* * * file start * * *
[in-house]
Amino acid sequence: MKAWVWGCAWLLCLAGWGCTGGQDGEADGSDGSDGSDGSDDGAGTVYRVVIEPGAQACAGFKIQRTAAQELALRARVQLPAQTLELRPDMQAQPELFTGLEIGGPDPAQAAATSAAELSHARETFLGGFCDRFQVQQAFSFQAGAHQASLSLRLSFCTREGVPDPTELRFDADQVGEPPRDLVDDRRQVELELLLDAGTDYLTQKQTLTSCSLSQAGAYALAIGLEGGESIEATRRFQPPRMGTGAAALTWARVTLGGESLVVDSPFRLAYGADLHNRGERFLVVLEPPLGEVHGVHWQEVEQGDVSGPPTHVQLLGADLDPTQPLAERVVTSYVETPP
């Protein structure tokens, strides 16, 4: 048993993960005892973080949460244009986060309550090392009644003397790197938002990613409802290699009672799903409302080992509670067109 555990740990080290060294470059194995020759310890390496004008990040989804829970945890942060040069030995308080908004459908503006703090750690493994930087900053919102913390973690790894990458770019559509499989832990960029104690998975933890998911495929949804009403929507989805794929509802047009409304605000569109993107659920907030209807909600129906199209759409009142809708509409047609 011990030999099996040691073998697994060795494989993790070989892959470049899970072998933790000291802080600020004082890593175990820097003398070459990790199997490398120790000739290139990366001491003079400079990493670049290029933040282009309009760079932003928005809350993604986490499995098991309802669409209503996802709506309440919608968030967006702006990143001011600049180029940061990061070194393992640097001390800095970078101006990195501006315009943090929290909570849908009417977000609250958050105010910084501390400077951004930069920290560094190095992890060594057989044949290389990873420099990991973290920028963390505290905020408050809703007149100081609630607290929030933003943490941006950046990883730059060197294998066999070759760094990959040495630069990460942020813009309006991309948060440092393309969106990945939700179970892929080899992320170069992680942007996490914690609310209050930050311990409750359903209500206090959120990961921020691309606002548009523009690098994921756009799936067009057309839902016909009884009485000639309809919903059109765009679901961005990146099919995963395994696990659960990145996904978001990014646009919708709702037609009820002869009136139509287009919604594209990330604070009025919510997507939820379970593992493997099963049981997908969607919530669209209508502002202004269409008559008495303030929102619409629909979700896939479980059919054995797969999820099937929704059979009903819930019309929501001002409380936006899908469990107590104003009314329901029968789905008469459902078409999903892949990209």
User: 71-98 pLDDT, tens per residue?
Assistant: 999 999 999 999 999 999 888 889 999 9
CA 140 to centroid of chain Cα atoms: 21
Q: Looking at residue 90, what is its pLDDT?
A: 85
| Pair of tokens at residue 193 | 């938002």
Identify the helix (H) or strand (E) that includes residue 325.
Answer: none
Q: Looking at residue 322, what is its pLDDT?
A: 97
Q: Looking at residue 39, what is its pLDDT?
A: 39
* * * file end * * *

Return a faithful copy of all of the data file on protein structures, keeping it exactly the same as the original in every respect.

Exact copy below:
[in-house]
Amino acid sequence: MKAWVWGCAWLLCLAGWGCTGGQDGEADGSDGSDGSDGSDDGAGTVYRVVIEPGAQACAGFKIQRTAAQELALRARVQLPAQTLELRPDMQAQPELFTGLEIGGPDPAQAAATSAAELSHARETFLGGFCDRFQVQQAFSFQAGAHQASLSLRLSFCTREGVPDPTELRFDADQVGEPPRDLVDDRRQVELELLLDAGTDYLTQKQTLTSCSLSQAGAYALAIGLEGGESIEATRRFQPPRMGTGAAALTWARVTLGGESLVVDSPFRLAYGADLHNRGERFLVVLEPPLGEVHGVHWQEVEQGDVSGPPTHVQLLGADLDPTQPLAERVVTSYVETPP
């Protein structure tokens, strides 16, 4: 048993993960005892973080949460244009986060309550090392009644003397790197938002990613409802290699009672799903409302080992509670067109 555990740990080290060294470059194995020759310890390496004008990040989804829970945890942060040069030995308080908004459908503006703090750690493994930087900053919102913390973690790894990458770019559509499989832990960029104690998975933890998911495929949804009403929507989805794929509802047009409304605000569109993107659920907030209807909600129906199209759409009142809708509409047609 011990030999099996040691073998697994060795494989993790070989892959470049899970072998933790000291802080600020004082890593175990820097003398070459990790199997490398120790000739290139990366001491003079400079990493670049290029933040282009309009760079932003928005809350993604986490499995098991309802669409209503996802709506309440919608968030967006702006990143001011600049180029940061990061070194393992640097001390800095970078101006990195501006315009943090929290909570849908009417977000609250958050105010910084501390400077951004930069920290560094190095992890060594057989044949290389990873420099990991973290920028963390505290905020408050809703007149100081609630607290929030933003943490941006950046990883730059060197294998066999070759760094990959040495630069990460942020813009309006991309948060440092393309969106990945939700179970892929080899992320170069992680942007996490914690609310209050930050311990409750359903209500206090959120990961921020691309606002548009523009690098994921756009799936067009057309839902016909009884009485000639309809919903059109765009679901961005990146099919995963395994696990659960990145996904978001990014646009919708709702037609009820002869009136139509287009919604594209990330604070009025919510997507939820379970593992493997099963049981997908969607919530669209209508502002202004269409008559008495303030929102619409629909979700896939479980059919054995797969999820099937929704059979009903819930019309929501001002409380936006899908469990107590104003009314329901029968789905008469459902078409999903892949990209």
User: 71-98 pLDDT, tens per residue?
Assistant: 999 999 999 999 999 999 888 889 999 9
CA 140 to centroid of chain Cα atoms: 21
Q: Looking at residue 90, what is its pLDDT?
A: 85
| Pair of tokens at residue 193 | 């938002």
Identify the helix (H) or strand (E) that includes residue 325.
Answer: none
Q: Looking at residue 322, what is its pLDDT?
A: 97
Q: Looking at residue 39, what is its pLDDT?
A: 39